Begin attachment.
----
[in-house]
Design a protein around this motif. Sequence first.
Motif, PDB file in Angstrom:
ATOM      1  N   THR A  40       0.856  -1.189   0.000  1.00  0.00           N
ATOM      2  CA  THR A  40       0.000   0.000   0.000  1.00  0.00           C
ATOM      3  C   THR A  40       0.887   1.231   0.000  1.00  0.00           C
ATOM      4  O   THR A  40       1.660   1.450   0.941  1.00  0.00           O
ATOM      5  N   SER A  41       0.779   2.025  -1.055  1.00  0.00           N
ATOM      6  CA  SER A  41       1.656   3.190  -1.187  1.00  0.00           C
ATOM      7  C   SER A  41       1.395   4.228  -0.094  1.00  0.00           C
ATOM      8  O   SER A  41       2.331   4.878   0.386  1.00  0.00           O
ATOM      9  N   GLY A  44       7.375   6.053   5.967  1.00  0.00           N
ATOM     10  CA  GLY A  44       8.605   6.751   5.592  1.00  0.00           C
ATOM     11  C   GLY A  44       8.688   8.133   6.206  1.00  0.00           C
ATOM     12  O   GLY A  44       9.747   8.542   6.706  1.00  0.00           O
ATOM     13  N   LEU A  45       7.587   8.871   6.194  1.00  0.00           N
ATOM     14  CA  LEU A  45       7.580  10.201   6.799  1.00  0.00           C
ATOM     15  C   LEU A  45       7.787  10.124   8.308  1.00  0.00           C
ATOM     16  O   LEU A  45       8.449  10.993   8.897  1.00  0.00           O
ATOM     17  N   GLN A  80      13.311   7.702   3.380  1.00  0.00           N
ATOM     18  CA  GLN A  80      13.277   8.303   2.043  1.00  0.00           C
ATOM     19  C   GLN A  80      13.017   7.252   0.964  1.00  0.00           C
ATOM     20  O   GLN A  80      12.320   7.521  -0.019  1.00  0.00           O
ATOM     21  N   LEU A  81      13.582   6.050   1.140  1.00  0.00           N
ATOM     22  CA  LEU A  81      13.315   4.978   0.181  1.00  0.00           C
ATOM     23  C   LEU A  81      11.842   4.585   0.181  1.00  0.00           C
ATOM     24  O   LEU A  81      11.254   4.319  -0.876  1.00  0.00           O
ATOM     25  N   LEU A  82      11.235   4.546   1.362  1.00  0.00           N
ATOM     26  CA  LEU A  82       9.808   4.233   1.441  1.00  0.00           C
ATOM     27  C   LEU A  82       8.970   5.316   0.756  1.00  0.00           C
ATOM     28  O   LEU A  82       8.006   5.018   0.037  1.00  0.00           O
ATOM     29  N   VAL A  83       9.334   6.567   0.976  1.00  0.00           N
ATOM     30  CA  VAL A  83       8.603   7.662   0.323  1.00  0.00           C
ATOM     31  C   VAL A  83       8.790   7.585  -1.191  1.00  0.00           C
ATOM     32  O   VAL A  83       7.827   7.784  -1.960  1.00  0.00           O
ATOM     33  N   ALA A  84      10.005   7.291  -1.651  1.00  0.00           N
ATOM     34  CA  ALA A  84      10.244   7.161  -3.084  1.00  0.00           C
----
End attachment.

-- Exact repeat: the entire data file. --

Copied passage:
[in-house]
Design a protein around this motif. Sequence first.
Motif, PDB file in Angstrom:
ATOM      1  N   THR A  40       0.856  -1.189   0.000  1.00  0.00           N
ATOM      2  CA  THR A  40       0.000   0.000   0.000  1.00  0.00           C
ATOM      3  C   THR A  40       0.887   1.231   0.000  1.00  0.00           C
ATOM      4  O   THR A  40       1.660   1.450   0.941  1.00  0.00           O
ATOM      5  N   SER A  41       0.779   2.025  -1.055  1.00  0.00           N
ATOM      6  CA  SER A  41       1.656   3.190  -1.187  1.00  0.00           C
ATOM      7  C   SER A  41       1.395   4.228  -0.094  1.00  0.00           C
ATOM      8  O   SER A  41       2.331   4.878   0.386  1.00  0.00           O
ATOM      9  N   GLY A  44       7.375   6.053   5.967  1.00  0.00           N
ATOM     10  CA  GLY A  44       8.605   6.751   5.592  1.00  0.00           C
ATOM     11  C   GLY A  44       8.688   8.133   6.206  1.00  0.00           C
ATOM     12  O   GLY A  44       9.747   8.542   6.706  1.00  0.00           O
ATOM     13  N   LEU A  45       7.587   8.871   6.194  1.00  0.00           N
ATOM     14  CA  LEU A  45       7.580  10.201   6.799  1.00  0.00           C
ATOM     15  C   LEU A  45       7.787  10.124   8.308  1.00  0.00           C
ATOM     16  O   LEU A  45       8.449  10.993   8.897  1.00  0.00           O
ATOM     17  N   GLN A  80      13.311   7.702   3.380  1.00  0.00           N
ATOM     18  CA  GLN A  80      13.277   8.303   2.043  1.00  0.00           C
ATOM     19  C   GLN A  80      13.017   7.252   0.964  1.00  0.00           C
ATOM     20  O   GLN A  80      12.320   7.521  -0.019  1.00  0.00           O
ATOM     21  N   LEU A  81      13.582   6.050   1.140  1.00  0.00           N
ATOM     22  CA  LEU A  81      13.315   4.978   0.181  1.00  0.00           C
ATOM     23  C   LEU A  81      11.842   4.585   0.181  1.00  0.00           C
ATOM     24  O   LEU A  81      11.254   4.319  -0.876  1.00  0.00           O
ATOM     25  N   LEU A  82      11.235   4.546   1.362  1.00  0.00           N
ATOM     26  CA  LEU A  82       9.808   4.233   1.441  1.00  0.00           C
ATOM     27  C   LEU A  82       8.970   5.316   0.756  1.00  0.00           C
ATOM     28  O   LEU A  82       8.006   5.018   0.037  1.00  0.00           O
ATOM     29  N   VAL A  83       9.334   6.567   0.976  1.00  0.00           N
ATOM     30  CA  VAL A  83       8.603   7.662   0.323  1.00  0.00           C
ATOM     31  C   VAL A  83       8.790   7.585  -1.191  1.00  0.00           C
ATOM     32  O   VAL A  83       7.827   7.784  -1.960  1.00  0.00           O
ATOM     33  N   ALA A  84      10.005   7.291  -1.651  1.00  0.00           N
ATOM     34  CA  ALA A  84      10.244   7.161  -3.084  1.00  0.00           C